The Five Do’s Of Mobile In-Game Marketing


Mobile games industry is a battlefield in all ways. With the first battle won - a battle for user’s attention and downloads - comes the understanding there’s a whole war yet to come. To win this war and monetize players, marketing teams need to choose the right tactics, keeping in mind a totality of different factors: player types, player spend patterns, gameplay, etc.

Knowing the do’s of mobile in-game marketing can save you a great deal of time, effort and money.

# 1 - In the right place, at the right time

Mobile game players are a timid sort, especially those who fall within a non-paying segment. You will only have a few shots at converting them; to succeed, your offer must hit the bull’s eye in terms of time and gameplay.

Finding the right time to address players with your promo is difficult, but possible. Fortunately, you can monitor player data to know the “schedule” and find a perfect moment. Though there’s no certainty about the best day(s) of the week, one of the deltaDNA studies revealed the best hours: mobile gamers tend to spend most actively at night.  

Considering timing in gameplay terms, players are most susceptible to making in-app purchases at the moment of need. Such as when they’ve just lost a mission or got stuck on a level. Choosing the right point in gameplay to serve your offer depends greatly on the player type you’re targeting.

# 2 - Divide and rule

Generalized approach to monetizing players would be a crime today; there’s so many information about users you can collect, analyze and arm yourself with. Dishing out same offers to everyone in your game isn’t an option, segmenting is a must unless you want to increase churn rates. Players are too sensitive to receiving irrelevant offers and will most likely prefer to get rid of the source (i.e. your game) in that case.

Segment your users and create offers to cover the needs within each segment. Socializers might fall for vanity items, such as avatars or character skins; access to bonus locations might be a honeypot for explorers, etc.

# 3 - It is never too early

Did you know that almost half of the players (40%) leave after the first session? Knowing that you may not have a second chance, would you consider placing a huge reward in front of them shortly after they first launch it? Don’t be afraid of giving away at early stages of gameplay: one of the pillars of high retention is regular - weekly and daily - rewarding. A retained user means a more valuable user.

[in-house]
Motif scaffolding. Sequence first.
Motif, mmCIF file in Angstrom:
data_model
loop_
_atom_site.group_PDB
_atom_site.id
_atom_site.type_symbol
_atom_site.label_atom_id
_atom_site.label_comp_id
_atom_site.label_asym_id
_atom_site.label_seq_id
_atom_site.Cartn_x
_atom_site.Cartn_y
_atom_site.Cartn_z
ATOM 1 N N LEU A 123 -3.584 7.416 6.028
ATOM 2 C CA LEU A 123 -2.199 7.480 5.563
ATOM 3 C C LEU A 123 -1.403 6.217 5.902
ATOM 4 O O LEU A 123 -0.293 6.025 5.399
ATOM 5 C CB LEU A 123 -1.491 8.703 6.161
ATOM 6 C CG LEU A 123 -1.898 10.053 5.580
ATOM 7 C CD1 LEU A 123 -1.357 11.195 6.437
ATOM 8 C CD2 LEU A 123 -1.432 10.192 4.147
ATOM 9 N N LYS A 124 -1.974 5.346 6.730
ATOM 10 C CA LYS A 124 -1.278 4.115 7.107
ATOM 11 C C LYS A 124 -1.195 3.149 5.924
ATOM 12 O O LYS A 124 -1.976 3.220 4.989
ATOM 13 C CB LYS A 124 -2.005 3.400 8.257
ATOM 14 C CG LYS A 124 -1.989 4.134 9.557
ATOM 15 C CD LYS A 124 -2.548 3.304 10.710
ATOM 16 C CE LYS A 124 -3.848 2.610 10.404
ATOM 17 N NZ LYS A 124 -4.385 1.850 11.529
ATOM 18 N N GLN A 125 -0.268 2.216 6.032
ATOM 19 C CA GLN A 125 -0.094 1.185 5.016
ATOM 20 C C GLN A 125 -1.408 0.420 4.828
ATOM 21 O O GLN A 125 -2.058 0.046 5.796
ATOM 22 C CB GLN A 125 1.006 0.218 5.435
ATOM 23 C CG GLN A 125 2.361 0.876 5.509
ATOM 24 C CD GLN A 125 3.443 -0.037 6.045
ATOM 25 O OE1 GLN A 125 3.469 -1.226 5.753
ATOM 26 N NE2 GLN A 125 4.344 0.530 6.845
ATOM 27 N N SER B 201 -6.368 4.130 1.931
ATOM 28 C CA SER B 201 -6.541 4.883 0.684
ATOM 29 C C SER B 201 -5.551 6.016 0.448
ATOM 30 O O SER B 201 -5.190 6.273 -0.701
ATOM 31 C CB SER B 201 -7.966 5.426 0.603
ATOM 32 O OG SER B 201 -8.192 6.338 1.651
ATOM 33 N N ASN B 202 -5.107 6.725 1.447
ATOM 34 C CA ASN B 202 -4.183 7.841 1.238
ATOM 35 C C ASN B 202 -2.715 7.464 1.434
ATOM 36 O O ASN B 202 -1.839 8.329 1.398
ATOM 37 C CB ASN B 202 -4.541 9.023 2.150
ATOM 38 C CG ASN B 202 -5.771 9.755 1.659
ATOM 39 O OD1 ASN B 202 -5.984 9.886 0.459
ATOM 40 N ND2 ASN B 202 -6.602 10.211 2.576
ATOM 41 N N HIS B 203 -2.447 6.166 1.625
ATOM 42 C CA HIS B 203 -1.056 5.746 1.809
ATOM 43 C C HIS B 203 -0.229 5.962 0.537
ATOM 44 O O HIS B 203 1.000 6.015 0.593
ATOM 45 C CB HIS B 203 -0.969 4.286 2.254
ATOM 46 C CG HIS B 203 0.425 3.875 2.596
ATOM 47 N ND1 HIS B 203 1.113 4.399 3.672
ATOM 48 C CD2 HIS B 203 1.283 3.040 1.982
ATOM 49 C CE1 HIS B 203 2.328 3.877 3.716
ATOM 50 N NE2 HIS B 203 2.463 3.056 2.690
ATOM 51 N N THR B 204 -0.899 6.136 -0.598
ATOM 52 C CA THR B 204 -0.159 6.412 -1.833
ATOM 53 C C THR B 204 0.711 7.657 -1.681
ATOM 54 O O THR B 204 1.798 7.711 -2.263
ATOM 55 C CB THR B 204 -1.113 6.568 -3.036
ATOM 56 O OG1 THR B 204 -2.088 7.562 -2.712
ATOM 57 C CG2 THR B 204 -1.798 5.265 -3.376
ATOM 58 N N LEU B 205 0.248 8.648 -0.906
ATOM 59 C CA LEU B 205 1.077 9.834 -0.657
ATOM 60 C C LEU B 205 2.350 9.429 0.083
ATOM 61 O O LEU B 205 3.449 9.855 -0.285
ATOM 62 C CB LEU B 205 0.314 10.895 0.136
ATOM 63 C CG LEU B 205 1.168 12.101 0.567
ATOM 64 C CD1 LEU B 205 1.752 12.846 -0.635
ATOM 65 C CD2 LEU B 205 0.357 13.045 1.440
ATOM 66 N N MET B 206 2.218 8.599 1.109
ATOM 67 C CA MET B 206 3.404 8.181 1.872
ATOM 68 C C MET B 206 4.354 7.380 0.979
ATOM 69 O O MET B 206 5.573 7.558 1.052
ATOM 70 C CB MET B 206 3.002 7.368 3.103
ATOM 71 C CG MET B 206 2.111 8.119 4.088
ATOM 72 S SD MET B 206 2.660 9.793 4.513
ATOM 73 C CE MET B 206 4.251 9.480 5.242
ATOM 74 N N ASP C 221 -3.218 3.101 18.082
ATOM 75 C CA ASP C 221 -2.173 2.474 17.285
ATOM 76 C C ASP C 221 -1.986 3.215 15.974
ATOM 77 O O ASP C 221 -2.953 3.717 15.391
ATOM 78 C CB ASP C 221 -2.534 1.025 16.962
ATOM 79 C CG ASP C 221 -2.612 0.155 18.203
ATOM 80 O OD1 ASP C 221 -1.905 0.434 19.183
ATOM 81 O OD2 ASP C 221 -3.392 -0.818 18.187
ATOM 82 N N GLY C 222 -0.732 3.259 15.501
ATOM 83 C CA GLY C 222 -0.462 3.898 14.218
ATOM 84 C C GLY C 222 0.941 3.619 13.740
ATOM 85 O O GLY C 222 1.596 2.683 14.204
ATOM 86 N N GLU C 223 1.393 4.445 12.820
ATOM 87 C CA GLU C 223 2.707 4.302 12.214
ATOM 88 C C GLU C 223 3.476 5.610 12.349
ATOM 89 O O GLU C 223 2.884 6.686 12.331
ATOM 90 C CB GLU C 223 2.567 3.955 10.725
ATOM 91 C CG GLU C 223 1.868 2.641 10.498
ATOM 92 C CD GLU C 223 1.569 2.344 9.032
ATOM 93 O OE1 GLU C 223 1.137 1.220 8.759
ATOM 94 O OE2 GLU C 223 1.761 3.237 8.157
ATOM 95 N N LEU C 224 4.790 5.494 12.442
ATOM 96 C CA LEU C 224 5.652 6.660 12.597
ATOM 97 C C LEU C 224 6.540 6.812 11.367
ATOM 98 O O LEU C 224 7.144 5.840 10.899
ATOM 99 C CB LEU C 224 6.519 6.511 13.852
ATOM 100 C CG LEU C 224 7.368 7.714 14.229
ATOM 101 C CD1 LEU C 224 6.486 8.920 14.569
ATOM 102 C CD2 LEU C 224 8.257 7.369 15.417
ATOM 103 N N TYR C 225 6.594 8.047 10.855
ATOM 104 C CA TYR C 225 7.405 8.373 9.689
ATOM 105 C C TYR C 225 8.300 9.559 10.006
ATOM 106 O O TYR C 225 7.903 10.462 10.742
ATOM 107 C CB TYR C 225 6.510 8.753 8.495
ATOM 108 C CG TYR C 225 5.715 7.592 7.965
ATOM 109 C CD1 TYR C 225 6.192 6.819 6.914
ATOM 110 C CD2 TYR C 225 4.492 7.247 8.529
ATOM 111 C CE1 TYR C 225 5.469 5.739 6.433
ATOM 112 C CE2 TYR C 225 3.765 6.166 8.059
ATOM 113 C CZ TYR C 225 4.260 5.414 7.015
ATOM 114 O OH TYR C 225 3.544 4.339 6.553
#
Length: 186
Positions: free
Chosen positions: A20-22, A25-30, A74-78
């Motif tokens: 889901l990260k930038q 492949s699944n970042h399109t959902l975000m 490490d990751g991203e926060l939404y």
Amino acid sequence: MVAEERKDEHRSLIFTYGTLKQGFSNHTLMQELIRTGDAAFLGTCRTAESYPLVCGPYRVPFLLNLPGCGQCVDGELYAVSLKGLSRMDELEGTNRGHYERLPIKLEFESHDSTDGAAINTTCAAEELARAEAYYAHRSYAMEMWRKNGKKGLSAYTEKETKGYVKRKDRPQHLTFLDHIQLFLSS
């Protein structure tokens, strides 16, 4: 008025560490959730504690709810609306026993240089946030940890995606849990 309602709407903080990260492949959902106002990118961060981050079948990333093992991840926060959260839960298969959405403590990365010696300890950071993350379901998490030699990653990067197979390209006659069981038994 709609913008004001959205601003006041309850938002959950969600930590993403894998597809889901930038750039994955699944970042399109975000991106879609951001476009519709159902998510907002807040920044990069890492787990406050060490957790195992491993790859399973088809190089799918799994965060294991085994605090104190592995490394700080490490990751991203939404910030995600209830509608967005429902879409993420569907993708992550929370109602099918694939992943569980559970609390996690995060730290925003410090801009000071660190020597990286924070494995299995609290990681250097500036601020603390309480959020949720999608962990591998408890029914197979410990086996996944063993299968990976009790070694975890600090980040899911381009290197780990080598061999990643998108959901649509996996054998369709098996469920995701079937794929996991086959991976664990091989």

# 4 - All in good measure

Before it’s too late, we should warn you about the danger of being overly generous. A player who gets too many freebies will become unmotivated to pay and deaf to all your “best” offers.  So give away carefully, as it may impact your game’s economy and revenues. After all, making games is not only about fun, it’s also business.

And one tiny tip about pricing: use the widely known “decoy effect” while putting the price tags on your packs. As we all are relative pricers, we judge about a thing’s value comparing it with values of other things. Say, you have a small 5 coins pack of $1 and a big 60 coins pack of $10, of which most people will probably prefer the first one. Once you add a middle 40 coins pack intentionally overpriced at $9, the majority will stick with the big pack - for an extra $1 they’ll get 20 (!) coins more.

# 5 - Better late than never

Rephrasing the popular expression, an in-app purchase is a dish best served cold. Unlike rewards, the offers work better when pushed out later. Let player familiarize himself with gameplay, start enjoying it and get a sense of achievement before throwing your marketing message at him. It was established that players who pay later in the game eventually turn out to pay more over their lifetime.  

Follow these rules and watch them work to your benefit.
Got some of your own? Feel free to share them in comments.
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Posted by Renatus on October 13, 2017